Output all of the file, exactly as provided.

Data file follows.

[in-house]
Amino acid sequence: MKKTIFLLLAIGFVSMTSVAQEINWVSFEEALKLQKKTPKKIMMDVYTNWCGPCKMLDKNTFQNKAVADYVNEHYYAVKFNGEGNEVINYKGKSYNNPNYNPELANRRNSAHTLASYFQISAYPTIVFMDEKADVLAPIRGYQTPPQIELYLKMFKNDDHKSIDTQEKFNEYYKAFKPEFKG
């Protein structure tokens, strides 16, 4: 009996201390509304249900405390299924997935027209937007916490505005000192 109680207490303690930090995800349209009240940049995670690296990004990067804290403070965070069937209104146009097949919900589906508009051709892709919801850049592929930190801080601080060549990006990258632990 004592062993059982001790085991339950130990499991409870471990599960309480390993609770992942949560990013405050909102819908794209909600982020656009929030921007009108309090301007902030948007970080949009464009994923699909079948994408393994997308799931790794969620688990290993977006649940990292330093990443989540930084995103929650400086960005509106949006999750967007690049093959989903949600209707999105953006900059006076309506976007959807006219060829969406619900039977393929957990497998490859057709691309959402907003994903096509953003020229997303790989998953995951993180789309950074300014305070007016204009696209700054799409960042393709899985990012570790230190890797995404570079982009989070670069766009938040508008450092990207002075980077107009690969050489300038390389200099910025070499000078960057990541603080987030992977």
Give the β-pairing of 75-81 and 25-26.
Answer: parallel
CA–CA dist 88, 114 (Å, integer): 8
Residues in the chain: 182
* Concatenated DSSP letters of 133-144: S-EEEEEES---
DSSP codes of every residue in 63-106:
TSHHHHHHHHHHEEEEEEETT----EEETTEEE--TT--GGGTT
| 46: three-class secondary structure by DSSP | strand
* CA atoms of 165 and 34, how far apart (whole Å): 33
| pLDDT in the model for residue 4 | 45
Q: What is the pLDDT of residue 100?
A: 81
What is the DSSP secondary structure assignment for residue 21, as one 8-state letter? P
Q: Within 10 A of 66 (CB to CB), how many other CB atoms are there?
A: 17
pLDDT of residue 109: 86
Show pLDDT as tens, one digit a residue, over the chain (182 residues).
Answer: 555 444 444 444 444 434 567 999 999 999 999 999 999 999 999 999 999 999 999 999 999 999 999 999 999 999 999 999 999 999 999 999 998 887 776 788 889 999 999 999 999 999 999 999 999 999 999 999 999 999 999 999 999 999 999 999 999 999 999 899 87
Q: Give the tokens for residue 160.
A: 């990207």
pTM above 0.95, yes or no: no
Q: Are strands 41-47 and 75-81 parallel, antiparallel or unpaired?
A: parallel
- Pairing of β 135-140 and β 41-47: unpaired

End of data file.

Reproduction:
[in-house]
Amino acid sequence: MKKTIFLLLAIGFVSMTSVAQEINWVSFEEALKLQKKTPKKIMMDVYTNWCGPCKMLDKNTFQNKAVADYVNEHYYAVKFNGEGNEVINYKGKSYNNPNYNPELANRRNSAHTLASYFQISAYPTIVFMDEKADVLAPIRGYQTPPQIELYLKMFKNDDHKSIDTQEKFNEYYKAFKPEFKG
């Protein structure tokens, strides 16, 4: 009996201390509304249900405390299924997935027209937007916490505005000192 109680207490303690930090995800349209009240940049995670690296990004990067804290403070965070069937209104146009097949919900589906508009051709892709919801850049592929930190801080601080060549990006990258632990 004592062993059982001790085991339950130990499991409870471990599960309480390993609770992942949560990013405050909102819908794209909600982020656009929030921007009108309090301007902030948007970080949009464009994923699909079948994408393994997308799931790794969620688990290993977006649940990292330093990443989540930084995103929650400086960005509106949006999750967007690049093959989903949600209707999105953006900059006076309506976007959807006219060829969406619900039977393929957990497998490859057709691309959402907003994903096509953003020229997303790989998953995951993180789309950074300014305070007016204009696209700054799409960042393709899985990012570790230190890797995404570079982009989070670069766009938040508008450092990207002075980077107009690969050489300038390389200099910025070499000078960057990541603080987030992977």
Give the β-pairing of 75-81 and 25-26.
Answer: parallel
CA–CA dist 88, 114 (Å, integer): 8
Residues in the chain: 182
* Concatenated DSSP letters of 133-144: S-EEEEEES---
DSSP codes of every residue in 63-106:
TSHHHHHHHHHHEEEEEEETT----EEETTEEE--TT--GGGTT
| 46: three-class secondary structure by DSSP | strand
* CA atoms of 165 and 34, how far apart (whole Å): 33
| pLDDT in the model for residue 4 | 45
Q: What is the pLDDT of residue 100?
A: 81
What is the DSSP secondary structure assignment for residue 21, as one 8-state letter? P
Q: Within 10 A of 66 (CB to CB), how many other CB atoms are there?
A: 17
pLDDT of residue 109: 86
Show pLDDT as tens, one digit a residue, over the chain (182 residues).
Answer: 555 444 444 444 444 434 567 999 999 999 999 999 999 999 999 999 999 999 999 999 999 999 999 999 999 999 999 999 999 999 999 999 998 887 776 788 889 999 999 999 999 999 999 999 999 999 999 999 999 999 999 999 999 999 999 999 999 999 999 899 87
Q: Give the tokens for residue 160.
A: 């990207």
pTM above 0.95, yes or no: no
Q: Are strands 41-47 and 75-81 parallel, antiparallel or unpaired?
A: parallel
- Pairing of β 135-140 and β 41-47: unpaired